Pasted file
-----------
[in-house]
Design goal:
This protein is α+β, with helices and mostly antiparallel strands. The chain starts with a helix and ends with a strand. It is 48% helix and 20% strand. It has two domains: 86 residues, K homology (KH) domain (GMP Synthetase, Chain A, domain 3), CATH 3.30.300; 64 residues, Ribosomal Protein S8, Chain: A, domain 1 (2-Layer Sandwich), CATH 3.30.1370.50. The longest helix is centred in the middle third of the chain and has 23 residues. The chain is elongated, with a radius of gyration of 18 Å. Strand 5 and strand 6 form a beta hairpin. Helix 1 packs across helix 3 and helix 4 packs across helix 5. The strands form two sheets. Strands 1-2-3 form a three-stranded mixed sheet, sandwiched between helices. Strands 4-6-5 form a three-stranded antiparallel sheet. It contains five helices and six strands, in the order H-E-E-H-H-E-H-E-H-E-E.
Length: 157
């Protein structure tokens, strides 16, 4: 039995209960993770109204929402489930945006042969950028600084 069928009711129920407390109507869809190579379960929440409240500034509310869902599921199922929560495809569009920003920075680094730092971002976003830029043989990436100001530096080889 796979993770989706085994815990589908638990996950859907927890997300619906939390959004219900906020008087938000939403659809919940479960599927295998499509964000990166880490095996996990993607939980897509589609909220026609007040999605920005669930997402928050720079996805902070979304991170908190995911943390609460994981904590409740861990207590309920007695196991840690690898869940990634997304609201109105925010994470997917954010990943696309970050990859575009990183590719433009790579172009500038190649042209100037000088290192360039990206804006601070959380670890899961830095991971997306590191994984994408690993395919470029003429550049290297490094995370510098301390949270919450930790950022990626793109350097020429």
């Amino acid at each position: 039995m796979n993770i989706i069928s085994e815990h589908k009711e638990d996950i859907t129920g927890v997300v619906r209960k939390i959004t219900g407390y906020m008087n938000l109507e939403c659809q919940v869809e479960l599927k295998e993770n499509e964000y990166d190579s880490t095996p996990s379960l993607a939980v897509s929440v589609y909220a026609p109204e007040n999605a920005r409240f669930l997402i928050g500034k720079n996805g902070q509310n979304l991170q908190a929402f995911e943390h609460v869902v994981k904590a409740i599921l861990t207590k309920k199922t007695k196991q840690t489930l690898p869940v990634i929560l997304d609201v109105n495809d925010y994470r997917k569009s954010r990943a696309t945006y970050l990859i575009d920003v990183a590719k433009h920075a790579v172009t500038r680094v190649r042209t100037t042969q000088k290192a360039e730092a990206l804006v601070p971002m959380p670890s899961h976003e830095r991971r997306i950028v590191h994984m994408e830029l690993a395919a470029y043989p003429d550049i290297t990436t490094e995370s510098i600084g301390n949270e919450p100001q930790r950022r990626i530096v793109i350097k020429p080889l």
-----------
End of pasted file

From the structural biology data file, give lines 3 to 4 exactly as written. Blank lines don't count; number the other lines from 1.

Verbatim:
This protein is α+β, with helices and mostly antiparallel strands. The chain starts with a helix and ends with a strand. It is 48% helix and 20% strand. It has two domains: 86 residues, K homology (KH) domain (GMP Synthetase, Chain A, domain 3), CATH 3.30.300; 64 residues, Ribosomal Protein S8, Chain: A, domain 1 (2-Layer Sandwich), CATH 3.30.1370.50. The longest helix is centred in the middle third of the chain and has 23 residues. The chain is elongated, with a radius of gyration of 18 Å. Strand 5 and strand 6 form a beta hairpin. Helix 1 packs across helix 3 and helix 4 packs across helix 5. The strands form two sheets. Strands 1-2-3 form a three-stranded mixed sheet, sandwiched between helices. Strands 4-6-5 form a three-stranded antiparallel sheet. It contains five helices and six strands, in the order H-E-E-H-H-E-H-E-H-E-E.
Length: 157